Barns and outbuildings are often too accessible. Strangers have taken good antique tools out of my sheds when I was away for the day, and replacing hay-fork and scythes is expensive. Hasps and padlocks will work fine if they are heavy enough and installed properly. Ask, “Could I take that off with a crowbar or a hammer?” If the answer is yes, upgrade to a better grade of hasp and padlock. Padlocks work best if they are bolt-cutter proof. Tractors, field equipment and even hay can be targets for thieves if they know they have plenty of time. Make equipment that is left outdoors as inaccessible or get it out of sight behind a building. Removing a key component required to operate a tractor or field equipment may work as well as a padlock. For instance, take the spark plugs out of an old tractor, or remove a steering wheel. Remove wheels and store them separately in a locked shed. The best line of defense, though, is to have a family member of friend stay on the farm if a prolonged absence is necessary.

There are some elements of defense that a rural resident may consider that wouldn’t be obvious to a city dweller. While barred windows and grated doors are the opposite of what most of us want in the country, the old solution to enclosing a house was the shutter. Heavy, solid plank shutters, which can be made in the home workshop, are hinged so that they cover the window and are barred or locked from the inside. They can be painted to enhance the appearance of the house. Not only are they useful for barring thieves, but they are good in really bad weather, to insulate or to cut down drafts.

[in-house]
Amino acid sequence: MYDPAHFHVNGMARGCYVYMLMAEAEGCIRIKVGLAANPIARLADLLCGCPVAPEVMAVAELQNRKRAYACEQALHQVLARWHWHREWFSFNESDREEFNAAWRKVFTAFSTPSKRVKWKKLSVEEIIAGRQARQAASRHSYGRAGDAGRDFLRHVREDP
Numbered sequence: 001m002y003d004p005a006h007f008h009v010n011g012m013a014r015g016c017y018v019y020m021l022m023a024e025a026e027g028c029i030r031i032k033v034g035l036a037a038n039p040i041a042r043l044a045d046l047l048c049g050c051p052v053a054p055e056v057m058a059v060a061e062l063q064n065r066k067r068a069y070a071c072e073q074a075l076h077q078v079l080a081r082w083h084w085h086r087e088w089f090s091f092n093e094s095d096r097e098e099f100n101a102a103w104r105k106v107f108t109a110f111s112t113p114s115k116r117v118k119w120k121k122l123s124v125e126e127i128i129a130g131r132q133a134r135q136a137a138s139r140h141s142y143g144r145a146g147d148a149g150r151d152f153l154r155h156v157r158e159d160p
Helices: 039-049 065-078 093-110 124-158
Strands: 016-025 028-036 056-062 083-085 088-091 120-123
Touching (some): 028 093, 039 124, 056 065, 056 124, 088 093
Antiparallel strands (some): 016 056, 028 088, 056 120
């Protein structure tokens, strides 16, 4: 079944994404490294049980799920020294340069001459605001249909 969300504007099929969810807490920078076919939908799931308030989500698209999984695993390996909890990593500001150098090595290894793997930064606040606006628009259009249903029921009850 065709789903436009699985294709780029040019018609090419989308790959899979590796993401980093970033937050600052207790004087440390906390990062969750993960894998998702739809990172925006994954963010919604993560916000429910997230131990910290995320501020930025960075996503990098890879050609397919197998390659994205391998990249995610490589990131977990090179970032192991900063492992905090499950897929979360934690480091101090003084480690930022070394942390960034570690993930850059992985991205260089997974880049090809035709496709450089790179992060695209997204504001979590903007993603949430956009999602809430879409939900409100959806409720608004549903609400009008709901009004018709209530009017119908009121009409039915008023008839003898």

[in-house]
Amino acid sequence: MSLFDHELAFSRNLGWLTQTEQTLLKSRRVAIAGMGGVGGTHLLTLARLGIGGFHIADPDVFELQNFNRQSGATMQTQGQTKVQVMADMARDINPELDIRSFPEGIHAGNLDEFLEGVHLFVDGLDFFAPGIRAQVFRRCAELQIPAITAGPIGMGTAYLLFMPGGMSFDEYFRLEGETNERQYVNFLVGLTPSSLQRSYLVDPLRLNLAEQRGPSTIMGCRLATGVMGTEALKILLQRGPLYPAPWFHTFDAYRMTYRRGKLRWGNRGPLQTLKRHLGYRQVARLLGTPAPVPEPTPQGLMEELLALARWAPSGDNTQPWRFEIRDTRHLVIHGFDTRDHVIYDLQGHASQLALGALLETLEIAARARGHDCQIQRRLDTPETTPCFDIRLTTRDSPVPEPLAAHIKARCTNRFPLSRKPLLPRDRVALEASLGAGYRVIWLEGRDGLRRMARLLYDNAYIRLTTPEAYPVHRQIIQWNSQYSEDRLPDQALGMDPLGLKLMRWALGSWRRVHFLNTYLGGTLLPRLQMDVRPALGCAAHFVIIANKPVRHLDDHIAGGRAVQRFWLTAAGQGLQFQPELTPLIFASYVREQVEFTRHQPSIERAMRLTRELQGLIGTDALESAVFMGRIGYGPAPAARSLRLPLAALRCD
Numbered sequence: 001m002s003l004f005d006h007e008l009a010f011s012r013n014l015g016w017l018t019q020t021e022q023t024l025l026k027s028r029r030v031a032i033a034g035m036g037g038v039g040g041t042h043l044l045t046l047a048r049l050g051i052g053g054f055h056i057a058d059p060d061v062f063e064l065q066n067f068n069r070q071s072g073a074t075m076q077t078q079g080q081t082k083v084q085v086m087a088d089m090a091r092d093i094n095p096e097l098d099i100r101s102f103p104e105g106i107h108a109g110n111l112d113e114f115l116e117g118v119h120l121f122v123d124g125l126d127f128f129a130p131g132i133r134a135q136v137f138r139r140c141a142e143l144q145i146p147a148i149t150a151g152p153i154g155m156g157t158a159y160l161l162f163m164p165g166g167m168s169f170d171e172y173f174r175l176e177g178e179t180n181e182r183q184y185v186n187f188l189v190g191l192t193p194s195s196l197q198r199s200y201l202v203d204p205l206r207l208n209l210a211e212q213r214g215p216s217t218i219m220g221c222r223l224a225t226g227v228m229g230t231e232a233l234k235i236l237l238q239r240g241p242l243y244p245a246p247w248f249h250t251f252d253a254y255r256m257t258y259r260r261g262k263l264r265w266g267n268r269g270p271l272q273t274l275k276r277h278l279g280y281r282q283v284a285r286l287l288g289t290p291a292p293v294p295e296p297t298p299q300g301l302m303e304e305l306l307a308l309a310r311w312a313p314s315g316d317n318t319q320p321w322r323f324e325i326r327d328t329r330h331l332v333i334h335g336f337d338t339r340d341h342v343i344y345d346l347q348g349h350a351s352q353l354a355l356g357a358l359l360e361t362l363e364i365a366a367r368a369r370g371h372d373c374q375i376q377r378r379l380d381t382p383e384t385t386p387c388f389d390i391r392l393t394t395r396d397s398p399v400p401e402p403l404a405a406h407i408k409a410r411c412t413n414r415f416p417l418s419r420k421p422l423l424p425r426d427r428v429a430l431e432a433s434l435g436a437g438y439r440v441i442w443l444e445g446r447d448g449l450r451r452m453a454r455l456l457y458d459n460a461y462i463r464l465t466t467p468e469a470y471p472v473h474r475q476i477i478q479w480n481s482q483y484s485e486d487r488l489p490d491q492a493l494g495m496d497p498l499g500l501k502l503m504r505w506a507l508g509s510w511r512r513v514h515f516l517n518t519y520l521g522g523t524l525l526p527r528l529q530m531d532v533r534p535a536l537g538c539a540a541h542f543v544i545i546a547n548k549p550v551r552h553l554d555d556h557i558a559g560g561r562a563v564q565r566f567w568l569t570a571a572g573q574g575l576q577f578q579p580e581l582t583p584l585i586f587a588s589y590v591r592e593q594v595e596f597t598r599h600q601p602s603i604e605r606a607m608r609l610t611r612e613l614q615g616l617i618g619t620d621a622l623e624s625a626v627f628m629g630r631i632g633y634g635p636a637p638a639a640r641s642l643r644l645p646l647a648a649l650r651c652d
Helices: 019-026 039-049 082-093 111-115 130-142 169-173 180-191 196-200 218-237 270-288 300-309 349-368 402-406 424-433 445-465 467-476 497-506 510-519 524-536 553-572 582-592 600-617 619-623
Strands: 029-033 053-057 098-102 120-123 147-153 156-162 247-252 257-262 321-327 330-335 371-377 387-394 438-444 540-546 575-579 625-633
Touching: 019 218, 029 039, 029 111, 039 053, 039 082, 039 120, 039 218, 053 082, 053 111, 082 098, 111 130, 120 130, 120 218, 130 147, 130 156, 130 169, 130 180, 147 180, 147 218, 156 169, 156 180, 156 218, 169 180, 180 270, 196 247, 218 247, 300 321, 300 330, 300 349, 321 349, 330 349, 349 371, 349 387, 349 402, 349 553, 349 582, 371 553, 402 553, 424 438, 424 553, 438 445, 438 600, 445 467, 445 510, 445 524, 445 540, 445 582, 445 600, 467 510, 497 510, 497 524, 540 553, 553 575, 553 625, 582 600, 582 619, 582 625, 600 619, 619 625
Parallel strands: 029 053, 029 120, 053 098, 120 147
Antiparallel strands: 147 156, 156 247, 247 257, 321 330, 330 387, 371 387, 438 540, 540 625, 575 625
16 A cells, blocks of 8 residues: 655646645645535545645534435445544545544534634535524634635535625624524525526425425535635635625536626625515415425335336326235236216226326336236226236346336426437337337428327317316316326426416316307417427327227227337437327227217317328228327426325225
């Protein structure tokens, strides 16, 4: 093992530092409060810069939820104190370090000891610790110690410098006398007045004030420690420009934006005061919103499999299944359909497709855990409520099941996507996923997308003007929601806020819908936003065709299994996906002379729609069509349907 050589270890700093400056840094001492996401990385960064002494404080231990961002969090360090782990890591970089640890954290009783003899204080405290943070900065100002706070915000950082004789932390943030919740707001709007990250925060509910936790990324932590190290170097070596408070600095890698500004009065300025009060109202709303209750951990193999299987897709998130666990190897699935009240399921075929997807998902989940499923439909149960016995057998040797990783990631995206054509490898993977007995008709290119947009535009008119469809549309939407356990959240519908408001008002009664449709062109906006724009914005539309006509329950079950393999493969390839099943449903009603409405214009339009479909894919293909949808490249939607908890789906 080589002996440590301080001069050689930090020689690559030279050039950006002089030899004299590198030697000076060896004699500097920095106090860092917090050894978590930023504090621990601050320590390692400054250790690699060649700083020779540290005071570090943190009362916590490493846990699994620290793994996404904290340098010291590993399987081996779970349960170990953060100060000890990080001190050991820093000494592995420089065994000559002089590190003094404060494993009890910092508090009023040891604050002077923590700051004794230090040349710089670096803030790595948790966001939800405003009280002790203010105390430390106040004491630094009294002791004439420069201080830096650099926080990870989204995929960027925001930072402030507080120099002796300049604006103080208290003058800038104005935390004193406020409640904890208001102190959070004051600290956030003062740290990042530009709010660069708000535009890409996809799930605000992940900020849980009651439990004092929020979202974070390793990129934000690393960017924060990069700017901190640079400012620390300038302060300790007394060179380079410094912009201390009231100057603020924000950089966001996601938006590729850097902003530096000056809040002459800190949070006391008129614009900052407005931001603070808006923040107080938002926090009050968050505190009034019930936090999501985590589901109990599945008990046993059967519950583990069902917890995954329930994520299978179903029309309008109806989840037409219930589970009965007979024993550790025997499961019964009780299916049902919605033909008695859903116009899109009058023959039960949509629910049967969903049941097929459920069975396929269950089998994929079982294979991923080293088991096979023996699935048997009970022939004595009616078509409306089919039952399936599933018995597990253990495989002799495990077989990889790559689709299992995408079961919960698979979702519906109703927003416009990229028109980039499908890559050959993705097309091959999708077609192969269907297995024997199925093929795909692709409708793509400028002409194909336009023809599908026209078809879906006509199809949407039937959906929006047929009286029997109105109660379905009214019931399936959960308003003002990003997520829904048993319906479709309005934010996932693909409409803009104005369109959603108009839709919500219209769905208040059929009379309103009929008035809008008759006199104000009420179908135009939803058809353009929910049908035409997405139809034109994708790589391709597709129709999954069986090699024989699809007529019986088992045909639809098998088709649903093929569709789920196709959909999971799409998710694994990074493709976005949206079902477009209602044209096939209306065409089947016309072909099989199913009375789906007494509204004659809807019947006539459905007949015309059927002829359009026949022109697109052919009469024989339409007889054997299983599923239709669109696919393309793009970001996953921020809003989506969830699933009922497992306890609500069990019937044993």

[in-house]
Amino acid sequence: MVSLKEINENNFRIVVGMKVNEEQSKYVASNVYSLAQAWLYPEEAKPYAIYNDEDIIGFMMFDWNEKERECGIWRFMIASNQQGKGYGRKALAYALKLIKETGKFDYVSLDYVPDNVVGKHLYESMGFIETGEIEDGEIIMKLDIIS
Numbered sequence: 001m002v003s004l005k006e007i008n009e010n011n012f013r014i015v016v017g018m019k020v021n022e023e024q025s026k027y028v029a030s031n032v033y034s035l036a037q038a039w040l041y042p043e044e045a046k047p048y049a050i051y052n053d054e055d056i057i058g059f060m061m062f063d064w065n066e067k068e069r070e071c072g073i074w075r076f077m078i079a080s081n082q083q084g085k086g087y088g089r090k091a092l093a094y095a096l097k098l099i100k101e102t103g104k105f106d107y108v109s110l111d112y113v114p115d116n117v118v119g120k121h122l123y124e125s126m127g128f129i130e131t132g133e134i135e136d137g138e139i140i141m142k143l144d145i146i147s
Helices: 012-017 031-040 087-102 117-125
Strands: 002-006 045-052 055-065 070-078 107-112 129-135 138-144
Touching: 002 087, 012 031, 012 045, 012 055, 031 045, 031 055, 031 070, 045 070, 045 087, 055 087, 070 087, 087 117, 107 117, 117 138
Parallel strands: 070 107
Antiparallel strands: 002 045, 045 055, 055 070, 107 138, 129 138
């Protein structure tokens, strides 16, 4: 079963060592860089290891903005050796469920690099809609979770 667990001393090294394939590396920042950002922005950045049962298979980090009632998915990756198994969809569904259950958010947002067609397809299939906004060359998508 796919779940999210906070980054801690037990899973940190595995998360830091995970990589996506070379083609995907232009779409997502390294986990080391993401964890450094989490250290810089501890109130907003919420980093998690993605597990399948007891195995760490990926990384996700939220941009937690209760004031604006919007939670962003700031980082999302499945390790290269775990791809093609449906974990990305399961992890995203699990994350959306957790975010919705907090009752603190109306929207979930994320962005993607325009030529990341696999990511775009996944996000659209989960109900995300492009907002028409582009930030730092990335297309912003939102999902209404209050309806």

Another rural defense element is the old-fashioned, and very necessary, bear bar. This is only good if the residents are inside the house. When we lived in the mountains, in a tiny cabin both off-grid and off-road, the bear bar was peace of mind every night. Two heavy brackets are bolted into the wall on either side of a solid door; a long piece of 2x4 or heavier lumber is cut to rest across them. Close the door, drop the bar into place, and even a large black bear catching wind of just-baked molasses cookies won’t be able to get through.

Guard Animals

A vicious dog is not a good idea for protection. This is a home, not a scrap metals yard. An animal who is trained to fear and attack humans will be a hazard to family and friends, and a huge legal liability if it should harm anyone, even a thief. A dog that will bark, kept inside, may be a lot more effective. If someone should break in and the dog put on a show of self-defense, many people will back out rather than risk injury.

Most jurisdictions require that a warning sign be posted if a dog is present in a fenced yard or an accessible area. One issue about keeping a guard animal is that a determined thief could harm the animal with a weapon or poison. A fenced yard with a flock of geese, a donkey or llamas may be more effective than a dog. Many people will not want to enter an area with farm animals that have uncertain temperaments. Geese and donkeys are particularly good at alerting their owners to invasion and trouble.


  • Author’s personal experience.